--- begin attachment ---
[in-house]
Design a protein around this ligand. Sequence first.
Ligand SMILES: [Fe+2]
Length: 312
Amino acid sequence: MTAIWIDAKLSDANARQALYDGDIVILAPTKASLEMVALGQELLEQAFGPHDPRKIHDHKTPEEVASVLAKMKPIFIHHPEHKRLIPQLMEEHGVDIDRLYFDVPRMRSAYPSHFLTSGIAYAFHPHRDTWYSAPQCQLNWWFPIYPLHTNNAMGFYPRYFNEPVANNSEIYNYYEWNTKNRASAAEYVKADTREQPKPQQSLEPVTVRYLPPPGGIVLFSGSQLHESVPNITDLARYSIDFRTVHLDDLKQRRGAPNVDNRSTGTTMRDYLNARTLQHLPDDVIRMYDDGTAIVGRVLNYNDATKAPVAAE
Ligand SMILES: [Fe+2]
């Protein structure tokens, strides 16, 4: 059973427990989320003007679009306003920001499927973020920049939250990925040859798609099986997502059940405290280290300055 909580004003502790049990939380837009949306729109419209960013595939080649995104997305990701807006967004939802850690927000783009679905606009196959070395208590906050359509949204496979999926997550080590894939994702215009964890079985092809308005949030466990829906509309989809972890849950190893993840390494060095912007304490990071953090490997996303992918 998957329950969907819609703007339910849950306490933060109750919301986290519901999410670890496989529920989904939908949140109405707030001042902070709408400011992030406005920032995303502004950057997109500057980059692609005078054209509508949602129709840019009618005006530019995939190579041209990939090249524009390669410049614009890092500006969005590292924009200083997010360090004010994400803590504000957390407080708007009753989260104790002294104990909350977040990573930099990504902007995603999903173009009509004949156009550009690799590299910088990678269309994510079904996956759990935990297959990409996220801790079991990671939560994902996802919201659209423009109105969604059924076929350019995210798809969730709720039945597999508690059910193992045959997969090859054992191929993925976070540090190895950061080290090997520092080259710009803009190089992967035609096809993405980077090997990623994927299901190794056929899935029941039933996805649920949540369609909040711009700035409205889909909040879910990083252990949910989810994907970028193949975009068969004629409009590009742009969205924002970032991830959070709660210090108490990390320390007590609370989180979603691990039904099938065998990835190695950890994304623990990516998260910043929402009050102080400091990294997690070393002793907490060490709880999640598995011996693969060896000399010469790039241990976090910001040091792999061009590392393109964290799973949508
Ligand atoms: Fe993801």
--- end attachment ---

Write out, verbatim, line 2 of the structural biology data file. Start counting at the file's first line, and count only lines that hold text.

Design a protein around this ligand. Sequence first.